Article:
In that year, Ben returned to living on the streets of Los Angeles. But this time, he planned to work his way to Illinois where other people he knew from Mexico City had found work. After working various hourly and day jobs, Ben heard news of employment at wineries in Kenwood. His potential earnings would later fund his fare to Chicago.

Ben was able to work his way to northern California. He found a house to live alongside 25 other laborers. They all vied for the same scarce day jobs. Living in those conditions was not sustainable. Soon, the landlord asked everyone to leave.

“I found a bridge in Glen Ellen, used a tarp to make a tent, and slept under the bridge. I showered in the creek. It was hard because some times I didn’t have anything to eat. For two or three months I lived like this.”

“I was not eating, and I had no money. I just didn’t know what to think. I didn’t know what to do. I didn’t want to go back to Mexico with my empty hands. And, I promised my mom to take care of my kids. I needed to make money to rent an apartment to bring my kids with me. But at that time, I didn’t have any money.”

Ben was overcome with emotion by the memory of his hunger and homelessness. It had all seemed hopeless, until a seventy-year-old lady driving a brown Camero pulled into the parking lot looking for someone to do some yard work for her.

Several men from Mexico, including Ben, were all gathered around hoping someone would come to hire them for the day. By noon, Ben and other day laborers were calling it quits. No one had hired them. These other men wouldn’t work for less than eight hours a day, at eight dollars an hour.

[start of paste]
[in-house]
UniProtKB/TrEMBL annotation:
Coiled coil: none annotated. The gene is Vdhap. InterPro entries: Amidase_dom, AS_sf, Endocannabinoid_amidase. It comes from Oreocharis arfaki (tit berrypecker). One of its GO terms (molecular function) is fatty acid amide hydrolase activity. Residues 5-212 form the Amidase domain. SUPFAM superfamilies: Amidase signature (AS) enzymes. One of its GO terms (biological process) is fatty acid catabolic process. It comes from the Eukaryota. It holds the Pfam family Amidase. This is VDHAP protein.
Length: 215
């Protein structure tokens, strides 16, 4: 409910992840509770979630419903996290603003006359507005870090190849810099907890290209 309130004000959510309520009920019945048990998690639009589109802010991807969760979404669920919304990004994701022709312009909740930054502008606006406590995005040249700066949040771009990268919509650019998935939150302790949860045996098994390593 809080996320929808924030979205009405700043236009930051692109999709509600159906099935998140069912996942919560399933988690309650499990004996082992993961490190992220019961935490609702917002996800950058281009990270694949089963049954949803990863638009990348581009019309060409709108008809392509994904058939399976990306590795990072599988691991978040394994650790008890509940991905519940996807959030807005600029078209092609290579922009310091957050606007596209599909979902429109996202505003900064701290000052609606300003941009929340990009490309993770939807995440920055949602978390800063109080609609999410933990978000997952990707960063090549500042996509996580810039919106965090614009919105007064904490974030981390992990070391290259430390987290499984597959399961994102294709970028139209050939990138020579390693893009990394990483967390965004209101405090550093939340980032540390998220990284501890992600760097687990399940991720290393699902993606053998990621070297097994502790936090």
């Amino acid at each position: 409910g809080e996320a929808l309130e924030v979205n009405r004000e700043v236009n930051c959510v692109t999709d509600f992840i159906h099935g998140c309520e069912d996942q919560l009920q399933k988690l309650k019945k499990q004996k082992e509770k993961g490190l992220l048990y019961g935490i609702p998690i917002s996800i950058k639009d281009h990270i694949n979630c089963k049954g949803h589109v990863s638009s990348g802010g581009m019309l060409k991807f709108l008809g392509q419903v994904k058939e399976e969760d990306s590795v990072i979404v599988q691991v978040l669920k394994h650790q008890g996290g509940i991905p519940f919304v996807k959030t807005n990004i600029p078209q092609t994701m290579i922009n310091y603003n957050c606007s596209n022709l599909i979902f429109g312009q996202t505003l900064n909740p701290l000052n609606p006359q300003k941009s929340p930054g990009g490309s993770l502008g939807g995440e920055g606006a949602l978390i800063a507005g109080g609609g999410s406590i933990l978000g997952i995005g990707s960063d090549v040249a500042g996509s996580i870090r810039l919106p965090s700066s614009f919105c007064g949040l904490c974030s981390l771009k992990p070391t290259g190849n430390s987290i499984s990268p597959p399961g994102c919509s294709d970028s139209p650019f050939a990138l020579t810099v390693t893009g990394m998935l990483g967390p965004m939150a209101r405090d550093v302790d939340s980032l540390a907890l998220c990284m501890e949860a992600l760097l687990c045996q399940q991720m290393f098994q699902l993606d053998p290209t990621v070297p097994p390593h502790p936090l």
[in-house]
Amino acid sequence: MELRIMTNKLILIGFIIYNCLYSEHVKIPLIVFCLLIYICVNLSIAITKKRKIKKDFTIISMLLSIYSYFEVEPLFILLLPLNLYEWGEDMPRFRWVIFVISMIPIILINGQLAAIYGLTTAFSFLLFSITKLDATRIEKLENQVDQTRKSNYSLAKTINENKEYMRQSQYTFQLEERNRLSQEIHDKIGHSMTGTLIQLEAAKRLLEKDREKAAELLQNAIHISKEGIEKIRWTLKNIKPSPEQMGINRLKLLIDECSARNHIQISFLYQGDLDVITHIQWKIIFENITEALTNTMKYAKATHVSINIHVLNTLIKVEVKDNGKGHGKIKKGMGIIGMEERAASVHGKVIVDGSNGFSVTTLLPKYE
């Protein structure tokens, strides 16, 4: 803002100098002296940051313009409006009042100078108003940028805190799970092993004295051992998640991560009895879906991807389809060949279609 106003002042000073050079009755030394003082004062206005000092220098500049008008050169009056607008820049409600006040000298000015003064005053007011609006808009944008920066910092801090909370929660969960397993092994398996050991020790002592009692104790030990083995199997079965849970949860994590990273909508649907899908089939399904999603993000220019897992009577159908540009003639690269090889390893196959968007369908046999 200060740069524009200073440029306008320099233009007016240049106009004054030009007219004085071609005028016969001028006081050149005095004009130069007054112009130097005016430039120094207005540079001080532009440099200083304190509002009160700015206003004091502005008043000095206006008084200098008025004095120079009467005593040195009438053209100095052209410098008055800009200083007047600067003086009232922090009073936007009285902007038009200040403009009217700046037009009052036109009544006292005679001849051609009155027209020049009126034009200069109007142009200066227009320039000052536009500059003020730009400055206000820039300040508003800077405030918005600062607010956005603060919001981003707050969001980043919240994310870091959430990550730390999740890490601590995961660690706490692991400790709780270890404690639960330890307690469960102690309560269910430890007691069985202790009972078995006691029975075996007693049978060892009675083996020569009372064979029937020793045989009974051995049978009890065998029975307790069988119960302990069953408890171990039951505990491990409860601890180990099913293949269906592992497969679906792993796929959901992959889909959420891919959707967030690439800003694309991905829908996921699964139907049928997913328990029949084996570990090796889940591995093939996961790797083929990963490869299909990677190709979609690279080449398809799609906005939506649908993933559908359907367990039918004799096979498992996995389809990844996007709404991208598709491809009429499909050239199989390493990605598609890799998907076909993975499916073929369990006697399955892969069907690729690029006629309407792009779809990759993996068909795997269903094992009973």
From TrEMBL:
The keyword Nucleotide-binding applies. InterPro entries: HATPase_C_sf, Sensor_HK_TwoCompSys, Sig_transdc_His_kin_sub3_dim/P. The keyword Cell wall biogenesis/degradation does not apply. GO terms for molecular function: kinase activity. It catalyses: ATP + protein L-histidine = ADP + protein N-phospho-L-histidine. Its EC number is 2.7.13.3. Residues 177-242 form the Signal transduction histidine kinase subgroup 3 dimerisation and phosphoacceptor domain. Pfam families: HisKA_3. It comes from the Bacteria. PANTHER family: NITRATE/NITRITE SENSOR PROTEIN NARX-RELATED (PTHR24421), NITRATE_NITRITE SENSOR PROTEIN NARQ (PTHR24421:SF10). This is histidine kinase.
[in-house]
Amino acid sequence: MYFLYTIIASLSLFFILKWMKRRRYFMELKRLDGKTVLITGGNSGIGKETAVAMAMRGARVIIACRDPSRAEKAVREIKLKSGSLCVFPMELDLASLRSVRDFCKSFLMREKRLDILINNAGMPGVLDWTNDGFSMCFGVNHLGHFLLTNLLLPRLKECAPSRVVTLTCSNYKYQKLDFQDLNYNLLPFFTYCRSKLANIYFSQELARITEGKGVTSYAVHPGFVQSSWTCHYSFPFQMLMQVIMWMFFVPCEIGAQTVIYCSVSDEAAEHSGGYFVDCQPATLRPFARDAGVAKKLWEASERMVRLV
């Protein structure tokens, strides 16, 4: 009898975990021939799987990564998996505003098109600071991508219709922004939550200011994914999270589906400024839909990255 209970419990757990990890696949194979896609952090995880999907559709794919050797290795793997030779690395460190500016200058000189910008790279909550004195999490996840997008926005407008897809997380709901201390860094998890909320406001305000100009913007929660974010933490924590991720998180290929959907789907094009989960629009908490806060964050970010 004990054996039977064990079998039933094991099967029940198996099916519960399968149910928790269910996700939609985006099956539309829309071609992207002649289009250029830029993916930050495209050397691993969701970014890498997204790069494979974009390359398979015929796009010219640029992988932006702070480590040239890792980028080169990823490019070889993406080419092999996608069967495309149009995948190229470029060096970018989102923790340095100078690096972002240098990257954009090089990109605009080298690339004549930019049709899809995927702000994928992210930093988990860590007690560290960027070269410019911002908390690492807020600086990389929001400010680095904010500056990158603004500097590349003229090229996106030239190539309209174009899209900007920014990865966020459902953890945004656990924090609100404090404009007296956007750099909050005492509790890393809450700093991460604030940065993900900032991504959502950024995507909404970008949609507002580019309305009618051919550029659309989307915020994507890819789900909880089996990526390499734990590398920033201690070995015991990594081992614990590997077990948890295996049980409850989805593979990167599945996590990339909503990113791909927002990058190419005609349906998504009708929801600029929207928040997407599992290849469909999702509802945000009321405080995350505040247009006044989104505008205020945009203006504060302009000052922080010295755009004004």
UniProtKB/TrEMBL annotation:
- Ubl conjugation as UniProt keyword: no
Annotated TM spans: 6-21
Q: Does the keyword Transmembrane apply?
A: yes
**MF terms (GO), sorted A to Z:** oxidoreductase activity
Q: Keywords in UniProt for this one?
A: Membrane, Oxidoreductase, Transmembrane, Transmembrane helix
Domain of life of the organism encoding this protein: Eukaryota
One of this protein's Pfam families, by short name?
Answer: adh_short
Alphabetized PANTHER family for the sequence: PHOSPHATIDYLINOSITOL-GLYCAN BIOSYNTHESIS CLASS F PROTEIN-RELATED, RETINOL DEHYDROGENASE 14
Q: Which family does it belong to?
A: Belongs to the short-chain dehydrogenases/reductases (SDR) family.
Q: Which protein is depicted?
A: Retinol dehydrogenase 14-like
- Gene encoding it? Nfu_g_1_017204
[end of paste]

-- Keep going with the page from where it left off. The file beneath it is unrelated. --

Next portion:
“Someone called out, ‘Hey Ben, you want to work for four hours, for five dollars an hour?’ I thought, I would make twenty dollars. With twenty dollars I can eat something. I said yes.”
She drove Ben to her house. As soon as they got there, she asked him to mow the grass in the front and on one side of her house. She showed him what to do and then she went inside.

“I was working. I was running like crazy. I tried to do my best. After a while she came out of the house and looked around. She told me to turn the mower off and said, ‘No more work.’ For the moment, I thought she wanted me to quit and go away from her house.”

But that couldn’t have been further from the truth.

“She said to come into her kitchen. She asked me if I was hungry. I said yes, I was hungry. I saw on the table, she had a plate with two eggs, toast, and coffee.”

“She tried to tell me, ‘No more work. You already did enough.’ “But I didn’t know what she meant. I didn’t understand English. She got a book that had both English and Spanish words. Whenever she wanted to say something to me, she looked for the words in the book. And, for me to answer, I looked for the words in the book.”